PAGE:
A Bounded Continuous Function on a Circle [duplicate]

Suppose $$f$$ is continuous and: $$|f(e^{i \theta})| \leq M$$

Suppose: $$|\int_{|z|=1}f(z)dz| = 2\pi M$$ I am trying to show that $$f(z) = c \bar{z}$$ for some constant $$c$$ with $$|c|=M$$

• Liouville's theorem? Dec 10 '20 at 21:48
• Hi Paul, that theorem is valid for entire bounded functions. I think the asker meant that f is bounded on the unit circle. Dec 10 '20 at 21:51
• @RedPhoenix That's strange because I have double checked question from the textbook. Which part of the question do you think is wrong? Dec 10 '20 at 21:51
• @RedPhoenix: No, the closed integral over a constant function vanishes. Dec 10 '20 at 21:53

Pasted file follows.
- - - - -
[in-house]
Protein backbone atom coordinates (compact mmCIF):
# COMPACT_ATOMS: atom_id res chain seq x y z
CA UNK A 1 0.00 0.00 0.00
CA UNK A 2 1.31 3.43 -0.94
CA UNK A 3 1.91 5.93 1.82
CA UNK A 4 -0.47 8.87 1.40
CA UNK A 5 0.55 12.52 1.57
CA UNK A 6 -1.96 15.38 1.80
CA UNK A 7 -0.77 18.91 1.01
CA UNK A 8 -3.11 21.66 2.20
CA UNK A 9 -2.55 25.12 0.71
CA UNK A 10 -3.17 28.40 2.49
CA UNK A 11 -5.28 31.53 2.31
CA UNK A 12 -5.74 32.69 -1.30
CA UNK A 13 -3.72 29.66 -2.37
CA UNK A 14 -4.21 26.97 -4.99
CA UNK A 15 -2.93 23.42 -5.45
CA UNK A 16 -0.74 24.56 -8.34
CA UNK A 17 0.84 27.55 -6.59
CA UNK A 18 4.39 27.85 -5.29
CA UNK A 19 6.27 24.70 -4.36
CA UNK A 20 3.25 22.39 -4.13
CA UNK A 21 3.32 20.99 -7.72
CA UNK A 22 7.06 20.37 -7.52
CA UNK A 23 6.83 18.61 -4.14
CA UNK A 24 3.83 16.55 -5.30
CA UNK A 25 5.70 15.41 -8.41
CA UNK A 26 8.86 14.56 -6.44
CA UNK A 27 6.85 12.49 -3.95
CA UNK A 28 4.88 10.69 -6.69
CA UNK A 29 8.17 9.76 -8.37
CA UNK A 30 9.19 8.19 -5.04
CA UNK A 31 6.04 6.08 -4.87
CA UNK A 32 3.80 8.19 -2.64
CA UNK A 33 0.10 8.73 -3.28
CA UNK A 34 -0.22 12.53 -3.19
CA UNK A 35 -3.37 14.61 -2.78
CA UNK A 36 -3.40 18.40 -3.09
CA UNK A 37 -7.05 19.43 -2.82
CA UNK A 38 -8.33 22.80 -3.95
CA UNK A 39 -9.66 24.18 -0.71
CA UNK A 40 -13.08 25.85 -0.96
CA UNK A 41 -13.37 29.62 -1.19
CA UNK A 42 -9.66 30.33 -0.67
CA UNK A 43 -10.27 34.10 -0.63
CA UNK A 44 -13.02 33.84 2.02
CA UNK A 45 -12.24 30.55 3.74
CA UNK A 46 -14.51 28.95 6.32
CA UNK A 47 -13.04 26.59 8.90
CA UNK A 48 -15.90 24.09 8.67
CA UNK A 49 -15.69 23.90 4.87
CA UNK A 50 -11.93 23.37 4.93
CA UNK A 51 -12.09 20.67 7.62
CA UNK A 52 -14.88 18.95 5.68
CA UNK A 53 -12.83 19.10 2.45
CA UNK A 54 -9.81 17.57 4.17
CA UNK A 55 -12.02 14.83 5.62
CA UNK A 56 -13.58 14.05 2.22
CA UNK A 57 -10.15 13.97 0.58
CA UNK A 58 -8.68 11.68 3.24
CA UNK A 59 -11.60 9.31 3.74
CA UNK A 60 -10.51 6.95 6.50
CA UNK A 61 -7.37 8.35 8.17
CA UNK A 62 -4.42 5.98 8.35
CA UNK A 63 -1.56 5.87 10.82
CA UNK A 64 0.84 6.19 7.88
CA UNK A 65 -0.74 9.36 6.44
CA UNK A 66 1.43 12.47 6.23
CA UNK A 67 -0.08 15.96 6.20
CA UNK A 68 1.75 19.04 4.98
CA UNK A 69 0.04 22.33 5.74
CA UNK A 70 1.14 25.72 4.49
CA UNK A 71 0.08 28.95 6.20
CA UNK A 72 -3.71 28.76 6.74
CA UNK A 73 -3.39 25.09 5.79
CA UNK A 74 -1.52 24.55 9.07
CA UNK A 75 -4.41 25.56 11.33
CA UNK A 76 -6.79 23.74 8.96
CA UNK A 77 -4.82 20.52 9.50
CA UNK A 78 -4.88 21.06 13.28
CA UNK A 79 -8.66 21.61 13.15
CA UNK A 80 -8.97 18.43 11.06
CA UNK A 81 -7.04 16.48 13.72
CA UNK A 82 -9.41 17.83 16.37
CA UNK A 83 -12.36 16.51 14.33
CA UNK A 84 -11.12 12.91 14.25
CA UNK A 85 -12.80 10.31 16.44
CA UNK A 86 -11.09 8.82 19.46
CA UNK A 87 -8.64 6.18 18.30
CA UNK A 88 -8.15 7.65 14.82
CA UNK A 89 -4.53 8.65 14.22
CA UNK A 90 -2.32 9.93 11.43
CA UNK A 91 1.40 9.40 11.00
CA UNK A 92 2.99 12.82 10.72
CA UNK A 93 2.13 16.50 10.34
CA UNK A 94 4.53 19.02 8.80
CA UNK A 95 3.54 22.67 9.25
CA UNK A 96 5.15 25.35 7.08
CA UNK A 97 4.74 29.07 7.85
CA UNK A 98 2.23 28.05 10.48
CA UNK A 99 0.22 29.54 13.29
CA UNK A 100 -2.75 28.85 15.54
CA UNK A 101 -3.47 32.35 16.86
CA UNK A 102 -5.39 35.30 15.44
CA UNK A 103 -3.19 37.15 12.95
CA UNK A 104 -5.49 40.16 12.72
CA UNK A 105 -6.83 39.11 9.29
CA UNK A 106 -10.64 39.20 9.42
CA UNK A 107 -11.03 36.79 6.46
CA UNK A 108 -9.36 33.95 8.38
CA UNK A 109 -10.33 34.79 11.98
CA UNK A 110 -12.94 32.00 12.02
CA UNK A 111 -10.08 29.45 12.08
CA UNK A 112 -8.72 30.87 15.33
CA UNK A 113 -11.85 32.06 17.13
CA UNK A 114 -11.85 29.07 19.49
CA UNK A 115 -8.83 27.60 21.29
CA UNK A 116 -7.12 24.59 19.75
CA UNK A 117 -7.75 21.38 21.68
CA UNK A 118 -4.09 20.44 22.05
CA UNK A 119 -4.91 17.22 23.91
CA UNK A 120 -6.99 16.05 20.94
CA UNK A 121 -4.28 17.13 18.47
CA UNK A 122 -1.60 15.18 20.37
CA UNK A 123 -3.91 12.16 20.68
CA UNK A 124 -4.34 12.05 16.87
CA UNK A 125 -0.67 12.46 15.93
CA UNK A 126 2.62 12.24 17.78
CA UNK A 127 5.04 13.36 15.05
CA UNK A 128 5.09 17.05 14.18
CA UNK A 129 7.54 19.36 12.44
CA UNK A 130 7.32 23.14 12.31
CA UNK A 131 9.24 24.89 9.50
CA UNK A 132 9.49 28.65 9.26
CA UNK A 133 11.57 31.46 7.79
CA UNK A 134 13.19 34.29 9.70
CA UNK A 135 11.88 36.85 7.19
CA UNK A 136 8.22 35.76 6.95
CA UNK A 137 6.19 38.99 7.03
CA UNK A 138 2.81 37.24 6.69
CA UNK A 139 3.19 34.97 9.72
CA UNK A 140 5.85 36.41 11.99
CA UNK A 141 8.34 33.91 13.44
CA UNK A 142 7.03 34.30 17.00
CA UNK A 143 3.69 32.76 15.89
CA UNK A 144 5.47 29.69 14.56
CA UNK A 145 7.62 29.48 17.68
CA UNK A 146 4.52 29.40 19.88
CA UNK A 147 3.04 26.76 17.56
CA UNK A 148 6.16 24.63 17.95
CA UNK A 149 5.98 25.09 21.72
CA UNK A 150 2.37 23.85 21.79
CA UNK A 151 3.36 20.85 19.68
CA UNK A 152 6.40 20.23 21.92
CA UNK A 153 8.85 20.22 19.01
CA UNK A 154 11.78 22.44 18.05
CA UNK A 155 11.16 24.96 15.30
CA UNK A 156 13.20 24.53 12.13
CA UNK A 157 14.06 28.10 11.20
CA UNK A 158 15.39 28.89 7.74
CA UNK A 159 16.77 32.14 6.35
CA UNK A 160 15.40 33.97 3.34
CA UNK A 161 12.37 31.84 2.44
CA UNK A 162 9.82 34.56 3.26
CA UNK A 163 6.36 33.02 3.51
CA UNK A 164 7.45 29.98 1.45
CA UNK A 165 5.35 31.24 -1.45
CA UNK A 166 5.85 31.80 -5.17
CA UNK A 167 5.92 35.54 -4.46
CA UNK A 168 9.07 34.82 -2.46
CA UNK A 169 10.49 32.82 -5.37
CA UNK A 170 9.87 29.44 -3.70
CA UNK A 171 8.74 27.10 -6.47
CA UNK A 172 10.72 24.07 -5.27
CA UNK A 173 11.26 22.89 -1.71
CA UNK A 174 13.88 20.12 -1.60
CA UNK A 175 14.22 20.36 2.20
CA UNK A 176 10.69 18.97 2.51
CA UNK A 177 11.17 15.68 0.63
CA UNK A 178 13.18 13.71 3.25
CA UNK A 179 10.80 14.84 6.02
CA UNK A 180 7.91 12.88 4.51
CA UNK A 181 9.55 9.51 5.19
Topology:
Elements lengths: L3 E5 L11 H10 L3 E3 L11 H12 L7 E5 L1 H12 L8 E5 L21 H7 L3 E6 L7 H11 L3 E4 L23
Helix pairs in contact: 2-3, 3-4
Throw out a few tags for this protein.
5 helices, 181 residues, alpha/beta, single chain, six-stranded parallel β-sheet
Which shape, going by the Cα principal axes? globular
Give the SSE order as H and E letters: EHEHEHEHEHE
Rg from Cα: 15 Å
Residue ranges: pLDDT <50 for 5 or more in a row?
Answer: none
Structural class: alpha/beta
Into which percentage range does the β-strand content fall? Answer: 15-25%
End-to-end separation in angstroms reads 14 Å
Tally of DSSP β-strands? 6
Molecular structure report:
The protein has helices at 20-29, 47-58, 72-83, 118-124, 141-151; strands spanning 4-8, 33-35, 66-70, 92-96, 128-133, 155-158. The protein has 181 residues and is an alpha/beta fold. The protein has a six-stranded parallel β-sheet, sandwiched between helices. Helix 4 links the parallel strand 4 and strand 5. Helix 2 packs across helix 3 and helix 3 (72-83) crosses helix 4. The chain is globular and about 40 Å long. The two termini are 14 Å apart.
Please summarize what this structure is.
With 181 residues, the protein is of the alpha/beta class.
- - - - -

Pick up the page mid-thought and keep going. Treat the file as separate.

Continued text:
• I attached the picture of the question in the textbook (Gamelin's) Dec 10 '20 at 21:55

Let $$\int_{|z|=1}f(z)dz=\alpha|\int_{|z|=1}f(z)dz|, |\alpha|=1$$; also note that $$dz=iz|dz|$$ on the unit circle
$$2\pi M=\int_{|z|=1}\alpha^{-1} f(z)dz= \int_{|z|=1}\alpha^{-1} if(z)z|dz| \le \int_{|z|=1}|\alpha^{-1} if(z)z||dz| = \int_{|z|=1}|f(z)||dz| \le 2\pi M$$ so we have equality (ae and then everywhere by continuity).
But $$|dz|$$ is a positive measure so this first means that $$|f(z)|=M$$ on the unit circle and then by taking real and imaginary parts that $$\Re \alpha^{-1} if(z)z=|f(z)|=M, \Im \alpha^{-1} if(z)z=0$$ hence $$f(z)=-i\alpha M/z=-i\alpha M \bar z$$ so we are done!
• @Could you explain more why $dz=iz|dz|$ on the unit circle? because I found $dz=izd \theta$ Dec 11 '20 at 0:24
• Because on the unit circle $|dz|=d\theta$ the arclength; in general of course $|dz|=Rd\theta$ when the circle has radius $R$ Dec 11 '20 at 0:30